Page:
Displaying items by tag: independentscholar

I haven’t had a lot of time available for writing and scholarly projects this past month – other work commitments (aka. my job) kept me from pursuing all of my SF and academic interests. It has totally sucked. Like many other things during my transition from PhD student to self-employed independent scholar, the depth of that suckiness has caught me by surprise. I don’t think that there was ever a time in my entire graduate education that I lamented: “I want to write but I have no time!” Instead, I rued the fact that I had to write, when I wanted to be doing just about anything else. Yet, here I am, absolutely thrilled to be finally have the time to focus on writing.

Yesterday, Julie Clarenbach (from Escape the Ivory Tower) interviewed me for a podcast she does for University Affairs magazine. I won’t give away any of the exciting details of our conversation – you’ll just have to wait for the podcast to air – but she did ask me about what it was like to be a scholar without a university affiliation. My answer was somewhere along the lines of “it’s awesome” and I started thinking about all the small (mis)steps and successes that I’ve experienced in the process of establishing myself as an independent academic. As I have yet to meet another person who also identifies her/himself as an independent scholar, I am totally making up it up as I go. I admit to feeling daunted, at first, by the “University Affiliation” field required for all academic article and conference submissions. Now, though, I have Independent SF Scholar proudly printed on my business card. Yeah! Here are some of my thoughts on how to turn into a successful “university of one:”

Identify the audience for your work. When you are in academia, the audience for your work is a given –the other 5 people in your field. Well, okay, maybe there are more than 5 interested readers (10?), but the relevant journals and conferences for your particular field of study are obvious. When you are an independent academic, however, you should be looking for audiences that exist outside of academe as well. For example, as an SF scholar, I have been integrating myself into the well established community of SF fandom. Large fan-driven conventions are excellent places to present your ideas and engage with other people interested in whatever obscure thing your dissertation was on. Trust me – far more people from SF fandom have read my thesis than people within academia. And, what’s even better, they tell me and give me compliments and ask questions (huge thanks!).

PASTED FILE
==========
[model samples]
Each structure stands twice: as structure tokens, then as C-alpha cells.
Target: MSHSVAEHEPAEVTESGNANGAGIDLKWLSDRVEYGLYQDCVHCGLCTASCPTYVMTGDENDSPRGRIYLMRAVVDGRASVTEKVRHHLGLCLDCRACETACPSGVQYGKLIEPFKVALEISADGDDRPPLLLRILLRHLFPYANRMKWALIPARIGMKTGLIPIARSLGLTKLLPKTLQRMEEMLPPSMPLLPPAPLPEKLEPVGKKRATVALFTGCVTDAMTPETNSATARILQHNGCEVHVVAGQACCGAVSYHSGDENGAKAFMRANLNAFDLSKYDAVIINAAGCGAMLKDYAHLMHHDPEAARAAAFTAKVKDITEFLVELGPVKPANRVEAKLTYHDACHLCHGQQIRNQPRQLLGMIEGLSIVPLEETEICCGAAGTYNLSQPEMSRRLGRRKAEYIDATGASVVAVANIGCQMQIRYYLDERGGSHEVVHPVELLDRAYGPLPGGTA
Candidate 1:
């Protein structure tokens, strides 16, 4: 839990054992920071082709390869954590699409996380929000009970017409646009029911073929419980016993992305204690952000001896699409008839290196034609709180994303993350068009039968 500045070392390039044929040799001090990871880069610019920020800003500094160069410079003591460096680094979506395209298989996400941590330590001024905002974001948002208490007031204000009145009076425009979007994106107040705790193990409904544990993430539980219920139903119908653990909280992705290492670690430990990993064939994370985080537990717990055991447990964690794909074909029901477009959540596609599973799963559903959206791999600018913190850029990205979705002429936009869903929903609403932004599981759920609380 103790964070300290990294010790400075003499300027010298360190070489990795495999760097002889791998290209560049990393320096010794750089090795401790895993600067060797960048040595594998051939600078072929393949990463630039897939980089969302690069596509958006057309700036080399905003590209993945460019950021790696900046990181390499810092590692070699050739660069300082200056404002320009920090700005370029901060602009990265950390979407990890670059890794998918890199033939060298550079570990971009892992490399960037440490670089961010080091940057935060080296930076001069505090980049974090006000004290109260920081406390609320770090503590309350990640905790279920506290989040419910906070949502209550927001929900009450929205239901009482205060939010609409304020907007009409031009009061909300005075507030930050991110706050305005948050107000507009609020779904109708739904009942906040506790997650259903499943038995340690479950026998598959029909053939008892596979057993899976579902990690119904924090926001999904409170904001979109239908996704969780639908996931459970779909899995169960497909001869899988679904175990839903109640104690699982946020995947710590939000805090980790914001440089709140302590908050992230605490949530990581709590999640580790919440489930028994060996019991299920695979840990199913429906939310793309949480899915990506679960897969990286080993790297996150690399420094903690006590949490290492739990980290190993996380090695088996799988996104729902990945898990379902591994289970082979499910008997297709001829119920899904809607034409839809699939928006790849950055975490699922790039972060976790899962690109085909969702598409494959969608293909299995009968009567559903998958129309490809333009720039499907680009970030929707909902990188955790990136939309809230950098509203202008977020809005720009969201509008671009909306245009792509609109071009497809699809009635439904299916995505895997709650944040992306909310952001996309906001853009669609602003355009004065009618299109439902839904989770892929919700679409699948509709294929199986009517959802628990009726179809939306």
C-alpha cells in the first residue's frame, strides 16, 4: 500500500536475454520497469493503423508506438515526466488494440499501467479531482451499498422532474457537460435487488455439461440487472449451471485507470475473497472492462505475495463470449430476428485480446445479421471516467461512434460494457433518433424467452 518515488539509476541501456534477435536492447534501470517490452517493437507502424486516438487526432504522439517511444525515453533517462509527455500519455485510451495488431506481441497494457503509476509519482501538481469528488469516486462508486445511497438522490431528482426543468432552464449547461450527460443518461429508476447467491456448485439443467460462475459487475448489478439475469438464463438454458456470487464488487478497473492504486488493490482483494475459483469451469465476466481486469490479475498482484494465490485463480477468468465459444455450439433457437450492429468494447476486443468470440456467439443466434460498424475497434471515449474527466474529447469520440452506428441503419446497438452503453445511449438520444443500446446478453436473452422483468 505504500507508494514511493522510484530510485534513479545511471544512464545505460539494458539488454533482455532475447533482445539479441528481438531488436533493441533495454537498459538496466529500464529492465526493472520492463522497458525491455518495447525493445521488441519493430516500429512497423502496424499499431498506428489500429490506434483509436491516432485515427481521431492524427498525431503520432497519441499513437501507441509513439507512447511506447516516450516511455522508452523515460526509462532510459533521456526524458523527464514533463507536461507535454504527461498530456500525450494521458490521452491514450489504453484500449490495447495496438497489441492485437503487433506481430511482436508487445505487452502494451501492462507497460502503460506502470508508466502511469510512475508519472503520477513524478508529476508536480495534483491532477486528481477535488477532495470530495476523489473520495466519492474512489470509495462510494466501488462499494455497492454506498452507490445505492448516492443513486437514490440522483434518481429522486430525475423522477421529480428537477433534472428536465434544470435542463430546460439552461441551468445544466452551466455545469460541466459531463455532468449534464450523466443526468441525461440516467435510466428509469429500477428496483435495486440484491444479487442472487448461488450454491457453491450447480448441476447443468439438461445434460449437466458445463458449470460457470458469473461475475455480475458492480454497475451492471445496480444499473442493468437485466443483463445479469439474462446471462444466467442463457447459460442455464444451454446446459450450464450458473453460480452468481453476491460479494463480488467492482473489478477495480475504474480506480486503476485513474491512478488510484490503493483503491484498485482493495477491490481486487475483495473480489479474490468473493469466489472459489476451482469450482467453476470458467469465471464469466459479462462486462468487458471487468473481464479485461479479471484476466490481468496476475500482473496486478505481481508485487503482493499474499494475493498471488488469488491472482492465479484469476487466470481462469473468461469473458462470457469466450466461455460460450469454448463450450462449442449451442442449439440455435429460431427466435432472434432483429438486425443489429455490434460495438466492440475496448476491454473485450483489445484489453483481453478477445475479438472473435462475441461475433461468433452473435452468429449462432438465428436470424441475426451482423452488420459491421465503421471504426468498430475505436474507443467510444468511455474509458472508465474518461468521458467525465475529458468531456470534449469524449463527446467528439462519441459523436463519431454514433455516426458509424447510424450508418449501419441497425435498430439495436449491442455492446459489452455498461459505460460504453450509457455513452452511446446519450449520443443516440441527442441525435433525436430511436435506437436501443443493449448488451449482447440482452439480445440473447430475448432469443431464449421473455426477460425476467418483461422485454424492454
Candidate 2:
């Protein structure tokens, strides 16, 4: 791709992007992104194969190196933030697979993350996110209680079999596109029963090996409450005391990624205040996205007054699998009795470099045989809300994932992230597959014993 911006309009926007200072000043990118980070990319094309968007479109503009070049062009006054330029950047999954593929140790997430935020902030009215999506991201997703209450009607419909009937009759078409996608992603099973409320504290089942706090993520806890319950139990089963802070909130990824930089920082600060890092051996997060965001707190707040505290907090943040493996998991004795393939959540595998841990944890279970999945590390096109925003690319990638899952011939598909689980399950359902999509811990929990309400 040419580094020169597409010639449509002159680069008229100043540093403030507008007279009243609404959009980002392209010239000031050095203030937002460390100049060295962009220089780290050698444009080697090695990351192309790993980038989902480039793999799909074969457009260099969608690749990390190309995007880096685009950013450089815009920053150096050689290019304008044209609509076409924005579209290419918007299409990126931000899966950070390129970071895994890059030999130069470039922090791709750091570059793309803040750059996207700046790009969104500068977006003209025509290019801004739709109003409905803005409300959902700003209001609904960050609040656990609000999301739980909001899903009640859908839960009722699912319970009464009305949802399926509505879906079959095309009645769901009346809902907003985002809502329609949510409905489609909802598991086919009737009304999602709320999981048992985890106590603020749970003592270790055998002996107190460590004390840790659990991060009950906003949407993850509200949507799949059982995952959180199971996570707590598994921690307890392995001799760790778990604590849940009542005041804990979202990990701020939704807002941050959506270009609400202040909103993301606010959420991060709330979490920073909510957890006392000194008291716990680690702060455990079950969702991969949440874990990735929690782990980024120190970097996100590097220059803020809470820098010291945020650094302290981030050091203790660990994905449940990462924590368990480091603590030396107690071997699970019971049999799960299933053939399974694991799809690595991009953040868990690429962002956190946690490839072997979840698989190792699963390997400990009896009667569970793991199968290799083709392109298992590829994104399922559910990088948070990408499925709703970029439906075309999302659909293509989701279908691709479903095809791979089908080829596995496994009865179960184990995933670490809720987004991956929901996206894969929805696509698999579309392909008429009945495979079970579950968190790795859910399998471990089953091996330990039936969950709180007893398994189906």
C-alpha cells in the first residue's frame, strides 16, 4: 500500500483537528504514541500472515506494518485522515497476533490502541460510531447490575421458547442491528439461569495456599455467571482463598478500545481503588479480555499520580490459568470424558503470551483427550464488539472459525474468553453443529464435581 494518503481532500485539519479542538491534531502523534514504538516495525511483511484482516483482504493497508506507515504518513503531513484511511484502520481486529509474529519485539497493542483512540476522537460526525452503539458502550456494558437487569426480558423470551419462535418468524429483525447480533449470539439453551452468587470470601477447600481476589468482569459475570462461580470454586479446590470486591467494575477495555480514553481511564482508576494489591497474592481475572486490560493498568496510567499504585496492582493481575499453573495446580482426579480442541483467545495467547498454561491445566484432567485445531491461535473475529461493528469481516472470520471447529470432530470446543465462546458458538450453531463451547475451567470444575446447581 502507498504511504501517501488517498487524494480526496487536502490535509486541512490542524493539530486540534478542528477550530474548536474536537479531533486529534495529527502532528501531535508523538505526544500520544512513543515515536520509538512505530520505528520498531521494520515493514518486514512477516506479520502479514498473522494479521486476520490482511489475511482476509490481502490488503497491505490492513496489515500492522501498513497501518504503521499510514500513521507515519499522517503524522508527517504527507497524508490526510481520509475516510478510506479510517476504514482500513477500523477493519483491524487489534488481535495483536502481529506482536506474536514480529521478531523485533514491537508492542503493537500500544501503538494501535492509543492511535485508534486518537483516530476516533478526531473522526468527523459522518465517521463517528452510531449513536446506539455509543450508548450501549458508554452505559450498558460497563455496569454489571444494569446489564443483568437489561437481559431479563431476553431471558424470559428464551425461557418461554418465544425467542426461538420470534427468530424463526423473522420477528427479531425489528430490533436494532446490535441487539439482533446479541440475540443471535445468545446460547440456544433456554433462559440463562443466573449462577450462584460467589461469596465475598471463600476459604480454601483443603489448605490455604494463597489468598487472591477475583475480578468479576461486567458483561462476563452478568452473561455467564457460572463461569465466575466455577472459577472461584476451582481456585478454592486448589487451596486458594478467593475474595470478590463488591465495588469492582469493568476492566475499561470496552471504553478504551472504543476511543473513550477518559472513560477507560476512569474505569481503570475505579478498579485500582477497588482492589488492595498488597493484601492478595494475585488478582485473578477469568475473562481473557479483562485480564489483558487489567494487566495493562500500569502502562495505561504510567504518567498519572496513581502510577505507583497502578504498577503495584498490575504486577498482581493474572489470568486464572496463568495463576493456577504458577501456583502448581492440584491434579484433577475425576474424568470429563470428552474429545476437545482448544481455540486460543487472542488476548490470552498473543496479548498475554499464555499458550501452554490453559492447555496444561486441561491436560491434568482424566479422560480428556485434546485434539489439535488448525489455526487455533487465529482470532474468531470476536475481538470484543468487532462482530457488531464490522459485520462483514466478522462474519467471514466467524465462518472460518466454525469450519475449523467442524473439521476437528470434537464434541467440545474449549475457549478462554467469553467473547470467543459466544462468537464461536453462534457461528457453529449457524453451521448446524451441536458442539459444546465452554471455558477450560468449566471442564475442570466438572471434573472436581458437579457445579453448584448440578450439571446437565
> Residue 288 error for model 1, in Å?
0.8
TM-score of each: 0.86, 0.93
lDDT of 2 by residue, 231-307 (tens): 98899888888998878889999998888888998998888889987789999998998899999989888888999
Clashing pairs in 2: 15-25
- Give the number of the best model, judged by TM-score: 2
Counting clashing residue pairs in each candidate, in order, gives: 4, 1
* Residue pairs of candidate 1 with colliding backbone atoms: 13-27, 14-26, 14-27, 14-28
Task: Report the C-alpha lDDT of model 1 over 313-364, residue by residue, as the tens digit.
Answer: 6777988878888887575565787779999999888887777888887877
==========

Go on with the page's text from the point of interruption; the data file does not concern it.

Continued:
It is a great feeling to know that my years of research into feminist post-cyberpunk have not gone to waste. More than that, non-academic conferences are usually quite happy to have an academic speaker presenting a paper or included on a panel. Since a non-academic conference holds little weight on an academic CV, there are not a lot of academics willing to attend them. If you are going to be an independent scholar, engage with reading groups, cultural centres, and organizations that you think might be interested in talking with you and discussing your work.

Rethink what “being published” means. As a rule, the more prestigious the academic journal, the more impressed your department will be with your CV. Well, as an independent scholar, the name on the journal does not matter as much. In fact, I will even go so far as to suggest that you place academic journals lower on the scale of “good places to publish” if want to be a successful independent academic. Again, it goes back to the question of audience. For myself, I want as many people as possible to read my work and talk about my research. Getting a paper in an academic peer-reviewed journal is fine, but the potential number of people I can reach is limited. Plus, by the time my pithy article deconstructing race in the Smurfs* reboot comes to press, my attention – and that of my ideal audience – will have moved on.

While I have only been working at establishing my cred as an independent SF scholar for 6 months, I already have several publications on the go in various kinds of media (i.e. a freelance article for a well-known magazine, blog posts, an edited book collection, and a paper for 2011’s WorldCon). Considering that I was entirely unpublished as a graduate student, I am still impressed/surprised by the scope and success of my current output. I even recently received my first unsolicited invitation to an academic conference! Without the same pressures and stressors that attend the academic publishing process, I can be more creative and, as a result, I am finding lots of cool places to publish my work (and some of them even pay!).

Have exceptional self-motivation and self-discipline. If you are someone who needs your supervisor prodding at you to meet a deadline, being an independent scholar is probably not for you. When you are a university of one, you are only responsible to yourself. If you don’t care about the deadline for your article on zombies, who will? No one. Your great idea about how zombies are a modern day metaphor for the obesity epidemic will never make it public. If you are, however, a self-motivated learner who can stick to self-made deadlines, this is the ideal low-paying second job for you!